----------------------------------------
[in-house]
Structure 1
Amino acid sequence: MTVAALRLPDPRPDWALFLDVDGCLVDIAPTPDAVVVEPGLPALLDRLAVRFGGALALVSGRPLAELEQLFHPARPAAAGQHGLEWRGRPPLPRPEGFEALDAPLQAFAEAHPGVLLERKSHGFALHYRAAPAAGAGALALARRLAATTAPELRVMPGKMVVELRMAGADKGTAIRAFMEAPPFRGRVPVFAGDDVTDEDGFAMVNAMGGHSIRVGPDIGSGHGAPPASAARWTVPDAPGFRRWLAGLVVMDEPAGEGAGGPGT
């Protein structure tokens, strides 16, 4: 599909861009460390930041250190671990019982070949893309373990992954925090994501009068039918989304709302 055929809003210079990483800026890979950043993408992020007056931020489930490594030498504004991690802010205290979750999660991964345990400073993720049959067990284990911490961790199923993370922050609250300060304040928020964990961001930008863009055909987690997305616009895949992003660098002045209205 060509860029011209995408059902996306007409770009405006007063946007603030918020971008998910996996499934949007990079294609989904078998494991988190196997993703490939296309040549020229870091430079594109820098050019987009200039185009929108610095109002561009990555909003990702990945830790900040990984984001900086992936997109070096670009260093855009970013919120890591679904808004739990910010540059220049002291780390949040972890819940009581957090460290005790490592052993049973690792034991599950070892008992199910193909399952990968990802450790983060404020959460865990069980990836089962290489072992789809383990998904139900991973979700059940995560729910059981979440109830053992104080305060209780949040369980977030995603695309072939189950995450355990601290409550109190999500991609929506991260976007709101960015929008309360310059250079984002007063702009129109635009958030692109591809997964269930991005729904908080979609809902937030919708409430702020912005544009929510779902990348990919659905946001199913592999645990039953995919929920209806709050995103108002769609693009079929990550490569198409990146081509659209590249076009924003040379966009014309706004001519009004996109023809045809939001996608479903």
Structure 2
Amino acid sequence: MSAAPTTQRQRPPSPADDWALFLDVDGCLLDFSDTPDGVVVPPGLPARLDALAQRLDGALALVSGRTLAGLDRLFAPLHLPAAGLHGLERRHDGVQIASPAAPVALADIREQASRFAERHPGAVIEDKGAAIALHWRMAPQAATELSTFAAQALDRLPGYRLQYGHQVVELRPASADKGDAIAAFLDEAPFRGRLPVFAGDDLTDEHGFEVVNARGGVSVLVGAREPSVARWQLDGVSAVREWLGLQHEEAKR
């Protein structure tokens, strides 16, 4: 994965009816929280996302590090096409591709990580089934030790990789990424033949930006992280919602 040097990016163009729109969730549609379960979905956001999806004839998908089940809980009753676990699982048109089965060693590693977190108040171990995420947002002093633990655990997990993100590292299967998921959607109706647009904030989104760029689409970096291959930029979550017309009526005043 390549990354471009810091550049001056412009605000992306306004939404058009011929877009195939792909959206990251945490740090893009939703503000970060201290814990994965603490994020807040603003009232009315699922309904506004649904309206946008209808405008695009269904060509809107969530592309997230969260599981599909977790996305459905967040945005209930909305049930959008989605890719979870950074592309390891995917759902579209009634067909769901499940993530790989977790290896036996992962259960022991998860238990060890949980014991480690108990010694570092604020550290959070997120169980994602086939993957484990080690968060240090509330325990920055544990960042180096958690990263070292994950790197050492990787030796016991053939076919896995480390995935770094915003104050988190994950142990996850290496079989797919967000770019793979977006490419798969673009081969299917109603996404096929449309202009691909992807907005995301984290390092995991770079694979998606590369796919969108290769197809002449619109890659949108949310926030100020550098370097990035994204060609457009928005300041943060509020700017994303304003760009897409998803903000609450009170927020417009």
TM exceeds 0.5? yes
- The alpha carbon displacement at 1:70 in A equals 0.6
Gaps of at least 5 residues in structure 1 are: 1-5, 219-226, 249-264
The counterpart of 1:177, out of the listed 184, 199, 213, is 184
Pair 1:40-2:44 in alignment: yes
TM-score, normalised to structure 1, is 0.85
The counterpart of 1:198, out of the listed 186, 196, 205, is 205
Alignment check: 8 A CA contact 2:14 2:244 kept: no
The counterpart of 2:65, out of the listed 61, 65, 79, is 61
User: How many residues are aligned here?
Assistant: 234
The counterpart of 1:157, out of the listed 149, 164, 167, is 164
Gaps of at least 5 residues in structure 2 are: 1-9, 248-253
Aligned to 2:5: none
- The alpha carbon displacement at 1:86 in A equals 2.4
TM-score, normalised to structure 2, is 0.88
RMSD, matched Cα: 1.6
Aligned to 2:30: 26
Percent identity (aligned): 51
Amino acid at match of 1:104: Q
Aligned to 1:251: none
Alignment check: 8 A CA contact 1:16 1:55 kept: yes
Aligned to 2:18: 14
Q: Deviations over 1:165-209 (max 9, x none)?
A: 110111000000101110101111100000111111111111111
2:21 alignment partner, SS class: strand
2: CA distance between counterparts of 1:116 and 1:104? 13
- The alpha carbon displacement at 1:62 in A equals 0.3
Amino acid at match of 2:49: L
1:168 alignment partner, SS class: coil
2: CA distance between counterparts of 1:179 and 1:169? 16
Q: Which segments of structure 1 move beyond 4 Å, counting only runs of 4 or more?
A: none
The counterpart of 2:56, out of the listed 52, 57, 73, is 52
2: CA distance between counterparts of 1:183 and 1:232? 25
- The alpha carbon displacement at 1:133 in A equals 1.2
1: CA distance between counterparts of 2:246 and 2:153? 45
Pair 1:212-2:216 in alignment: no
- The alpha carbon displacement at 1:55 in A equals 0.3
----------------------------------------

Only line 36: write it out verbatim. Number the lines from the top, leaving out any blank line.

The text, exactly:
Amino acid at match of 2:49: L